Visualizations

Parker Stevens
A free video tutorial from Parker Stevens
SQL/BI Developer
4.4 instructor rating • 1 course • 31,132 students

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01:53:42 of on-demand video • Updated February 2020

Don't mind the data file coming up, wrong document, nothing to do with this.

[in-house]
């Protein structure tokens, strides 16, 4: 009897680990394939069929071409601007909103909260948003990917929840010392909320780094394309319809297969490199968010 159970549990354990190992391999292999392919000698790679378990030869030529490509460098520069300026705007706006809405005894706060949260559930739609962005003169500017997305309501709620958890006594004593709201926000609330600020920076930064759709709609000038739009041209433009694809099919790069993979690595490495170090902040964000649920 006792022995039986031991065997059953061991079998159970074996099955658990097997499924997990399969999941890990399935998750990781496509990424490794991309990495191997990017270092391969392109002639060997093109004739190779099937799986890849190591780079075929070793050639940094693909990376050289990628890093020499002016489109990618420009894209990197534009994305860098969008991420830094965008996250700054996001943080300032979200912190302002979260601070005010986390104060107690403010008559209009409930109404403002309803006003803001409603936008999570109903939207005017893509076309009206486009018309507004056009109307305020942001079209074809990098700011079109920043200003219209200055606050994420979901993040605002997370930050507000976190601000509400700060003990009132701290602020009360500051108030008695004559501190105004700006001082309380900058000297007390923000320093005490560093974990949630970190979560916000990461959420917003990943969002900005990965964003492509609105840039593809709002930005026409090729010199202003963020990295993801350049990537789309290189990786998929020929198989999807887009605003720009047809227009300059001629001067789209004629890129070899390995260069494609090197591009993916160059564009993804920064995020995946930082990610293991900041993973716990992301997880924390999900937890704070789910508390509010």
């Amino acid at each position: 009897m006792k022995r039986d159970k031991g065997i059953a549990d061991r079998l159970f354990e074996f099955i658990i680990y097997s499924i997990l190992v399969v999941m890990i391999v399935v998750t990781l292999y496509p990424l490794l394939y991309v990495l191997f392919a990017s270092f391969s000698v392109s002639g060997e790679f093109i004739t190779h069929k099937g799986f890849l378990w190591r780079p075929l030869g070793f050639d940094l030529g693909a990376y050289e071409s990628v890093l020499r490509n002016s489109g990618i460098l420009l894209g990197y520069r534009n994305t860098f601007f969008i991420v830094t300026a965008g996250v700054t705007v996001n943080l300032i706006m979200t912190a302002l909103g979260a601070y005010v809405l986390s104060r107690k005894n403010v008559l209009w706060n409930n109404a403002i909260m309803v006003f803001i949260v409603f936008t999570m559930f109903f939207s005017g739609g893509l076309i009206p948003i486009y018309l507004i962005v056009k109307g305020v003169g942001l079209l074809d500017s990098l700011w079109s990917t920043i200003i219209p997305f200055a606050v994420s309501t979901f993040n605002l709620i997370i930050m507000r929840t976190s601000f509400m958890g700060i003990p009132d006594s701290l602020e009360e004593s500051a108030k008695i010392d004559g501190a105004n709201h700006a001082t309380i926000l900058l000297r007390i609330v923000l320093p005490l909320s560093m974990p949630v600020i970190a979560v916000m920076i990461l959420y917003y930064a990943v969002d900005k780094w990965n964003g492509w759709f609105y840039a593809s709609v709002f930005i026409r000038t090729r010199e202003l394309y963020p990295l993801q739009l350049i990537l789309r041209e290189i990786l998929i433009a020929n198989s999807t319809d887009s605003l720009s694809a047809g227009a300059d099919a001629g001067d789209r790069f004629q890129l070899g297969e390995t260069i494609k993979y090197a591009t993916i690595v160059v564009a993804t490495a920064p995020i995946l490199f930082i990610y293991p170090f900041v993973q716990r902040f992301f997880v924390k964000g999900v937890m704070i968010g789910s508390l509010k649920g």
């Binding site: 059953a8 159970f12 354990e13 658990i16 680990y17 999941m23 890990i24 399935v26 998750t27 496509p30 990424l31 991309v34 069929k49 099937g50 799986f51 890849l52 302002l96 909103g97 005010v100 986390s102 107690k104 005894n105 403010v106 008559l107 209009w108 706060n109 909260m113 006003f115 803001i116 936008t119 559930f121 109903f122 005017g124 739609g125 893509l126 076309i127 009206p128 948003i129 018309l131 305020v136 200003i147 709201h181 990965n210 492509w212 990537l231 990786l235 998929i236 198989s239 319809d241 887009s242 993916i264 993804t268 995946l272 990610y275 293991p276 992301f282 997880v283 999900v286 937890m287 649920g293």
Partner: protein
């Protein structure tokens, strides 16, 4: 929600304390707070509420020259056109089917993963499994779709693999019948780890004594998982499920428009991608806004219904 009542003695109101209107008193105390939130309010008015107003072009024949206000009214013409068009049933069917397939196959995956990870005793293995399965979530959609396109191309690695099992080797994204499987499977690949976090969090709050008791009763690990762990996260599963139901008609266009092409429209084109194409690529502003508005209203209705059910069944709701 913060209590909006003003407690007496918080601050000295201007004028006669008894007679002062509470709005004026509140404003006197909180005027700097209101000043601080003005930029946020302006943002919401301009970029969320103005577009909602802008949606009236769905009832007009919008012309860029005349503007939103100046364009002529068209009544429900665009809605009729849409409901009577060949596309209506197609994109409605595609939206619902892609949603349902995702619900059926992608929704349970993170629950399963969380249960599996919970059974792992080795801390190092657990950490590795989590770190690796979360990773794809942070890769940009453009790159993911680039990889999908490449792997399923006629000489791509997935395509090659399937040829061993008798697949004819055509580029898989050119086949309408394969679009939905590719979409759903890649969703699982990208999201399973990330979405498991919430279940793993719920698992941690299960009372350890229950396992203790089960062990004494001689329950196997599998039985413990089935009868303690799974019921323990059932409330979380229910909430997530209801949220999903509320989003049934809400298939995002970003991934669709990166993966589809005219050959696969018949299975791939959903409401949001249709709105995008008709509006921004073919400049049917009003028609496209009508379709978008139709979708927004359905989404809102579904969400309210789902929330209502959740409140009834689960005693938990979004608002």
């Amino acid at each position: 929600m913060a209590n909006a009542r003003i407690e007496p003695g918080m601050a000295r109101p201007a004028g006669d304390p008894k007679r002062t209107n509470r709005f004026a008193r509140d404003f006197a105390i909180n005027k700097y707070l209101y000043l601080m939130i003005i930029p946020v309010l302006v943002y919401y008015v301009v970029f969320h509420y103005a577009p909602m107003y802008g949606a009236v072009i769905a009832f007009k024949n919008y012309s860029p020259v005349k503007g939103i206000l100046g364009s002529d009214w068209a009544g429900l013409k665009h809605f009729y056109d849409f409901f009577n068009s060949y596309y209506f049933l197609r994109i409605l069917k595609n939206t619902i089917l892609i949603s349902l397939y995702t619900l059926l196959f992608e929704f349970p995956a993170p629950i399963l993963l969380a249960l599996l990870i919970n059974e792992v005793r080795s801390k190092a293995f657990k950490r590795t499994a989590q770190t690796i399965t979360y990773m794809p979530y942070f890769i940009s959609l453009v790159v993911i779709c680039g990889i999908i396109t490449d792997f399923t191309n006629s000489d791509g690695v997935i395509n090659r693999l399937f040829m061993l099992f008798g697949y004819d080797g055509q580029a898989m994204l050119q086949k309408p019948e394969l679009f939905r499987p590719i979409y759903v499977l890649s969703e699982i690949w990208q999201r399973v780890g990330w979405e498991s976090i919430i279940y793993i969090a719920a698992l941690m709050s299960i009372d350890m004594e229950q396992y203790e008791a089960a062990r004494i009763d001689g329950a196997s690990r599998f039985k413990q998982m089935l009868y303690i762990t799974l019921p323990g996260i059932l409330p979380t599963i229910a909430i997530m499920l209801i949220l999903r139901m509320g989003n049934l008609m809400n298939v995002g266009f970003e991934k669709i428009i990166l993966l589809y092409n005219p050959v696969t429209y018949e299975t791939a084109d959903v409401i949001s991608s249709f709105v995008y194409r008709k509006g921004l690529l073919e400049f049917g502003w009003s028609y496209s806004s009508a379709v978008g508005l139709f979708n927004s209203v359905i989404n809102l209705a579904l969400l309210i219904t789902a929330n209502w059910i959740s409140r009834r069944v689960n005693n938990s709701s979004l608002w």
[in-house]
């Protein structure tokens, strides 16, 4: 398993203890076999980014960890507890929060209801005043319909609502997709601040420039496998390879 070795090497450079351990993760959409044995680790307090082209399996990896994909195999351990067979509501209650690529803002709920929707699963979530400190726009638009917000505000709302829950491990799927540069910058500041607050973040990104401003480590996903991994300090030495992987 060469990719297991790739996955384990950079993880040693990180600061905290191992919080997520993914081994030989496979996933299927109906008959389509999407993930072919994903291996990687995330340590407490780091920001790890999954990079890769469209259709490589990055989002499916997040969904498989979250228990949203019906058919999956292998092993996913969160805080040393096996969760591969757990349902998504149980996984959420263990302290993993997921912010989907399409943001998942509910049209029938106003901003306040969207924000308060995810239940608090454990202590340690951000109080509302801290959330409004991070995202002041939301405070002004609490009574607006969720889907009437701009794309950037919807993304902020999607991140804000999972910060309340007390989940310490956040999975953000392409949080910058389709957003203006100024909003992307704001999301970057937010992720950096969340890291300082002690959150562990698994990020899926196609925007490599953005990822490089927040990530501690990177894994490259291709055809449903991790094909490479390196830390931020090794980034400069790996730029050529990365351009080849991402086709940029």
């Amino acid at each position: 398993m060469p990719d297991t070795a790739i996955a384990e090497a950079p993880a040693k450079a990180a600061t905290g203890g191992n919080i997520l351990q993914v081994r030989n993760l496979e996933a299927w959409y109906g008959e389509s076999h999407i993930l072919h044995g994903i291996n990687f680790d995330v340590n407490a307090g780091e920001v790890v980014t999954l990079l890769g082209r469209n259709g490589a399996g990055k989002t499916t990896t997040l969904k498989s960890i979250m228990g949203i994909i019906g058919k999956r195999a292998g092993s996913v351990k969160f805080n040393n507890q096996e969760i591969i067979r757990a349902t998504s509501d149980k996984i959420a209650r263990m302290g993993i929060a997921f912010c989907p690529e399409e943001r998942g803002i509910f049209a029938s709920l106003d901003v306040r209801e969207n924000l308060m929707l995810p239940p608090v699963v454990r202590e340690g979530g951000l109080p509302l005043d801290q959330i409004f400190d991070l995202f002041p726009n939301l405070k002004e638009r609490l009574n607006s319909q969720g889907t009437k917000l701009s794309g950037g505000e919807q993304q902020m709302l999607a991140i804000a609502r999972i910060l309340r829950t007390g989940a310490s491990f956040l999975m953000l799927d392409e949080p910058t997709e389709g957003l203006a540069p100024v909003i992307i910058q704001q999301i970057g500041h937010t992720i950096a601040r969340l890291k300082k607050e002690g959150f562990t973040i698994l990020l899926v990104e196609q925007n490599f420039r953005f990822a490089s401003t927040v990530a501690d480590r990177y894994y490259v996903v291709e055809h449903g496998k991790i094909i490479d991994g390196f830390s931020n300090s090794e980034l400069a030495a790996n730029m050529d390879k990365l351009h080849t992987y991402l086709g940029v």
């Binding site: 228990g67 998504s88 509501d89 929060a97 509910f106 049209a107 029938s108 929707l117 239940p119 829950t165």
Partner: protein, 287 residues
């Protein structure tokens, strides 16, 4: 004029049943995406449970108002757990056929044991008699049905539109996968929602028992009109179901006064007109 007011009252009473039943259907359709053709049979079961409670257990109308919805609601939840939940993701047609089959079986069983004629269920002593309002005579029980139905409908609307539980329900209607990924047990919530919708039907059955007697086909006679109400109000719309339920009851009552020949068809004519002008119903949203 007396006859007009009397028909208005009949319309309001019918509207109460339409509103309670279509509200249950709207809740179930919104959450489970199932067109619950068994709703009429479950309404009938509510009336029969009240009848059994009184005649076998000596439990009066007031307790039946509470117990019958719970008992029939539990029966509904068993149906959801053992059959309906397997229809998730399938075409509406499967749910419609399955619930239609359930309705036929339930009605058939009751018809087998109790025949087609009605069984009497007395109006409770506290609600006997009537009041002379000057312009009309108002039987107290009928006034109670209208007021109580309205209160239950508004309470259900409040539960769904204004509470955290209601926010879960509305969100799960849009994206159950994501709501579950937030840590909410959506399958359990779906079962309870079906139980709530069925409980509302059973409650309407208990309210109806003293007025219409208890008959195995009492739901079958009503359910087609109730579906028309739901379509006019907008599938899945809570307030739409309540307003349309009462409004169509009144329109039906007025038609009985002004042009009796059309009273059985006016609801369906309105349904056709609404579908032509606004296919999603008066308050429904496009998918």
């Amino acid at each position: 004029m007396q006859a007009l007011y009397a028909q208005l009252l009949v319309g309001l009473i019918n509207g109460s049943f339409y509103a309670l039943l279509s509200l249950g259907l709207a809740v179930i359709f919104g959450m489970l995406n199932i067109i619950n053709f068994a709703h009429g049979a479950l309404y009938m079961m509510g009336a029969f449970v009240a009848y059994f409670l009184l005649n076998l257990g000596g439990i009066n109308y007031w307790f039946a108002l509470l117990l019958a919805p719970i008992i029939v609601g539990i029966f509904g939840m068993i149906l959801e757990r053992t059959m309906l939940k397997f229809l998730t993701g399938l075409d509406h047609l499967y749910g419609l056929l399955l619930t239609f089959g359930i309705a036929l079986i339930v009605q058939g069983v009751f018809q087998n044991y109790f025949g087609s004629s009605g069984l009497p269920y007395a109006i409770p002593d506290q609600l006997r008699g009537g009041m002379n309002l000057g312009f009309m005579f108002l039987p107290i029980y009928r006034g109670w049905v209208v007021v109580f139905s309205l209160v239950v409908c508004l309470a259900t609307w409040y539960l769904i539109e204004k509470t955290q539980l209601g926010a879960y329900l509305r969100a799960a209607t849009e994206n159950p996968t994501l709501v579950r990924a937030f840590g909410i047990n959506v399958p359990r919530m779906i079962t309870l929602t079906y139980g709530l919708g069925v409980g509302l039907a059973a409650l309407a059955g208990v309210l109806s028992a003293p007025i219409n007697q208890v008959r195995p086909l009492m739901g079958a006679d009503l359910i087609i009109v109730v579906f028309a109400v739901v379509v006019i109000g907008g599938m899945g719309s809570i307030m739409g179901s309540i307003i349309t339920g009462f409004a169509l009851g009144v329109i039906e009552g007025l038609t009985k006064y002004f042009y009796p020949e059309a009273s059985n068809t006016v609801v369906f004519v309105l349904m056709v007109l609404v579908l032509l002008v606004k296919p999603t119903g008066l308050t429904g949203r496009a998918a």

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English [Auto] All right so now we have three tables nor related to each other. So that's really good. Let's go ahead and create some visualizations. First thing that I want to do is I want to bring in a bar chart barters are really good at getting quick information down on the paper. So when you create this visualization it comes up with a list of fields that you can add data to in order to show different things with your data. So go ahead and go to them customer and it has a field that is number of children at home. Gragg then the access. And for the different divisions of children at home I want to go to fact internet sales and take the total sales amount. Put that in a value and there's your first visualisations make it bigger. This is really interesting. We can see that people who have zero kids at home spend a lot more money than people with five kids at home. And there's really not much difference between 1 3 5 To be honest. Let's take a look at how we got here real quick. We put number of children home on the axis so these are the values supplying the x axis and values kind as the a word for the y axis here to make this visual a little bit more informative. Let's go and add something else let's add maybe Jinder to the legend this will now show the division between female and mid in their spending habits. So already in what seems like three clicks we have a pretty informative graph that we can draw some insights on that we can see that you know people with you know less kids may buy more maybe it's cause them or May has spent on a not. It's almost even as far as the division between men and women sales go. So that's a BART Herald's clinical line chart. Make sure to click off the graph. If you were to click on the graph and you click on a line chart it would change the chart type. So it's going leave it as a bar graph click off and click click and line chart. It's like there's a little bit bigger three here. What we want to use Let's go let's make this do sales over time. So in order for that we're going to need sales out there that are in there when the values the values well and for date. Let's go ahead and put a date by default. The dates are always going to show us higher keys. And what I mean by that is right now it's showing your then if you drill down into it show by quarter by month into my day in order to drill down you can click pretty much any of these three buttons this button right here will turn on. Drill down and turn it on means now double clicking will drill into what I'm looking at to go in. I'm on 2013 to stay a point and we drill into it and that shows the 2013 data. That's what hierarchy's do it enables you to see different levels of your data. You can drill down on all of the different categories. So now we'll see all the data from those 12 to 2014. But the next level drilling down further will take us to the month and drilling down further it will take us to the day higher. These are cool but they're very situational. I prefer to right click and click on order date. This is how you use the date data instead of the higher he by itself and dates can show in two different ways. If you go to x axis it defaults to continuous. That shows all of your data all on one graph. It'll fit it to the size of the window no matter what. If you change this to categorical that will show you a more detailed view of your dates with a scrollbar to show you everything. It's a little bit harder to see trends this way so I'm going to leave it as continuous. And before I get 4 I'm done with that. I want to go to the factoring and sales table and change the order date to a format that I would I would much much prefer. So let's just do a date format. Let's get it this way here let's now go back to our visualization and let's going to continue to work just to see if that categorial see that change with there. Yes and it looks a lot better. But all of that continuous. And that's a line for her to recall we can at the same level of detail it did for the bar chart. Let's go ahead and throw in marital status or let's throw in gender to keep it keep it the same. So now we can kind of see a difference although you can't really draw much insight from that. So now is really cool cool part of the outcomes and so part as all about filtering things and visualizing data in a really cool way. So you can click on almost anything these graphs. So our legend up here is totally interactive. I want to see the men cook on the M and it highlights the man in this graph and highlights the men in this graph. Or you can see a females show you the female on the other half. Let's look at people who only have zero kids and are female. You click on that or you can control click and select the rest of the people and basically everything that you're clicking on is a filter. And if you ever need to get rid of filters there's usually a race button on slicers. OK. So let's show you another kind of chart that's commonly used which is a pie chart. And use this at some point your life both when you done at chart because they're different and cool but they're out there. Let's look at people's occupations which will throw in the legend. By order by sales I'm out again. So now it's kind of a theme. So if you make it bigger we can see that professionals make up most of sales whereas followed by skilled manual and clerical showing you again how filtering works clicking on females over here now shows you a smaller portion of that and males make up the what about the other half. I don't turd's are a very interesting way to be able to visualize percentages. Let's finish up this lesson with a really cool visual. It's a map. We have a couple here. This is my favorite map using SIM city state postal code. Pretty much anything that can define a location you're able to show them map is really cool. I'm going to going going to go ahead and show States through that and the location pane you know come up with this little map right here and it shows the states that have data in them a lot North America gets mirror up and some in Australia. I am going to for this particular visual you can shade the colors of the states based on an amount. So again since everything is about sales here I mean put in sales amount for the courts that. Kind of hard to see but you can see that different states have different colorings. One more thing I'm going to do so that this map will always show up on on the United States. I am going to put in a custom filter here. So in the filter's pain this is where you can add different filters to your visualizations or your page or the report as a whole and be able to show the data just the way you want it. I'm going to come to in geography country region I'm going to throw this at the bottom of the filters. And now we can select which which countries show and first to select all. So we can but I just want to show the US so that zooms in only in the U.S. because that's what I'm filtering on through the Google maps are an awesome way to be able to visualize data and how spatial trends. So those are some basic visualizations. We'll talk more about others in a little bit. Does want to get your feet wet with some of the most common.